Slow Go on the Plateau
In the end, the plan for gas drilling on the Roan Plateau, one of the most ecologically diverse areas on the Western Slope, displeased just about everyone. Environmentalists, Senator Ken Salazar and an unusual coalition of local recreation and business interests wanted to leave the top of the plateau unscathed. Energy companies wanted the kind of ready access they've enjoyed across the rest of Garfield County, which now bristles with wells like quills on a porcupine's back.
The final plan unveiled by the U.S. Bureau of Land Management yesterday does open up thousands of acres to drilling on top of the Roan, which contains up to a third of all the natural gas reserves in the state. But it allows only one percent of the plateau to be drilled at a time, with extensive restoration required before the next wellpad sprouts. That will drag out the process over decades, energy groups grumble — and give the plateau's rich wildlife and rare plant species a chance to recover from the trauma.
You can read the BLM's plan here.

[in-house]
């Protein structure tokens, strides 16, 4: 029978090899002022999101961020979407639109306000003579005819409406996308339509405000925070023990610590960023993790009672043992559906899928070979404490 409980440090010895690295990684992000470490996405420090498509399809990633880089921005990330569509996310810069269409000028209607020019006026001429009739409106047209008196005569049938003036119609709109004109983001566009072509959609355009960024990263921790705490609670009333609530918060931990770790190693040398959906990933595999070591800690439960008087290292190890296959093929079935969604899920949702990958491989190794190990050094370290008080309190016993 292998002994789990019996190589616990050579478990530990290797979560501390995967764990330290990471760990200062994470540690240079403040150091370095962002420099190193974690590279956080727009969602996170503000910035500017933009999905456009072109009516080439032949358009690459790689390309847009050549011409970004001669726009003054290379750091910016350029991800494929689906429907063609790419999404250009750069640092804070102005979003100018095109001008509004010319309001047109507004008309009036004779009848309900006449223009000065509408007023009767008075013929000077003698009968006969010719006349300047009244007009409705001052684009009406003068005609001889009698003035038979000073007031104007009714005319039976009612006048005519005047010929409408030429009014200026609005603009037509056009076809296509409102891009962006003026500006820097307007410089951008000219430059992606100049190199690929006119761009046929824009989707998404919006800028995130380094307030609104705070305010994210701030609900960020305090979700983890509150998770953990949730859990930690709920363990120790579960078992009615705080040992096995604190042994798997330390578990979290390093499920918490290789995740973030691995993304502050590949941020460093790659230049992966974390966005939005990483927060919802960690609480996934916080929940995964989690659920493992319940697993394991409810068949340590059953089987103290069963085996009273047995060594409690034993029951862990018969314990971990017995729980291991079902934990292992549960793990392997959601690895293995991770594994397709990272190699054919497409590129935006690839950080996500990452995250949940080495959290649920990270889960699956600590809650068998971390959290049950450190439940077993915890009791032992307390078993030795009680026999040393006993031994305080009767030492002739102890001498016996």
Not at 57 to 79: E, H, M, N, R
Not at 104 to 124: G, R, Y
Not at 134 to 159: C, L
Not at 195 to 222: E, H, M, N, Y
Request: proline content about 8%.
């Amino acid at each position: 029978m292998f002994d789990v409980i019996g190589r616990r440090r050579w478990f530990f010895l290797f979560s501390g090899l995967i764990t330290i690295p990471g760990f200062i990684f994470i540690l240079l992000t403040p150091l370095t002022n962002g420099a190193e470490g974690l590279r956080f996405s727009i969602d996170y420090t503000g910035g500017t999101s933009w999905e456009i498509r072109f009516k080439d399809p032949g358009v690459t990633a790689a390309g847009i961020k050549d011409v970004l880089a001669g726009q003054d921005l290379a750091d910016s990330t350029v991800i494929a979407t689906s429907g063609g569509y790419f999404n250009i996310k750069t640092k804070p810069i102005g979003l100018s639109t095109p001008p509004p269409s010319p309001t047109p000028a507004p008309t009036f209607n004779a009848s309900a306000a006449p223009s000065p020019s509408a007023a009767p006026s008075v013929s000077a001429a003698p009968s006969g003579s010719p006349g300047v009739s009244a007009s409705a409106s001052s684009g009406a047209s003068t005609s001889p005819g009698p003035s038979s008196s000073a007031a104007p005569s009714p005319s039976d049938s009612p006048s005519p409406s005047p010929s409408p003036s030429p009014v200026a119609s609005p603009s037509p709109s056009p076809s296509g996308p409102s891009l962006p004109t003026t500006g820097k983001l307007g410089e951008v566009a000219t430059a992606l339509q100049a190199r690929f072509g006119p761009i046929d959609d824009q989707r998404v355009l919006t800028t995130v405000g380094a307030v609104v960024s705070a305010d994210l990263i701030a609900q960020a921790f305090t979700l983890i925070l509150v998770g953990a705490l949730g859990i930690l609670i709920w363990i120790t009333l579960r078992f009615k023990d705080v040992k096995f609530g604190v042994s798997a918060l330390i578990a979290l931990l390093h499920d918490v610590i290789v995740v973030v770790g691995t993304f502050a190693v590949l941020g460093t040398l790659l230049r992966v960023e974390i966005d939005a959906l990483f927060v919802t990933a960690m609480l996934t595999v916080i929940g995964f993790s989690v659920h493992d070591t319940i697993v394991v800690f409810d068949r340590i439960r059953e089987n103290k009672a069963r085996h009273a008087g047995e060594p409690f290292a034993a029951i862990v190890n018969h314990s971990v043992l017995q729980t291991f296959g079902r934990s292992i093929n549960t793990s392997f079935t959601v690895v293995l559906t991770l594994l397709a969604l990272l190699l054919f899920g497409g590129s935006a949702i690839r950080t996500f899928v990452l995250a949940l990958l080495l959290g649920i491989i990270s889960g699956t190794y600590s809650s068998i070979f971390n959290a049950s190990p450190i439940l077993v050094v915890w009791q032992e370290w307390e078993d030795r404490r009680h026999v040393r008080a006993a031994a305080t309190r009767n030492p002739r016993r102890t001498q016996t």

For more about what's at stake, check out "Raiding the Roan" (originally published January 1, 2004), a detailed look at one of the state's last wild places. —Alan Prendergast
Get the This Week's Top Stories Newsletter
Every week we collect the latest news, music and arts stories — along with film and food reviews and the best things to do this week — so that you’ll never miss Westword's biggest stories.
- Marijuana Strain Review: Tangerine Haze at Herban Medicinals
Sat., Oct. 10, 7:00pm
Sat., Oct. 10, 7:05pm
Sun., Oct. 11, 12:00pm
University of Denver Pioneers Volleyball vs. University of Nebraska-Omaha Mavericks Women's VolleyballSun., Oct. 11, 2:00pm
- Reader: Go Ahead and Arrest Kids for Dancing, You Fascist A$$holes!
- Ten Great Colorado Ways for Families to Celebrate October and Halloween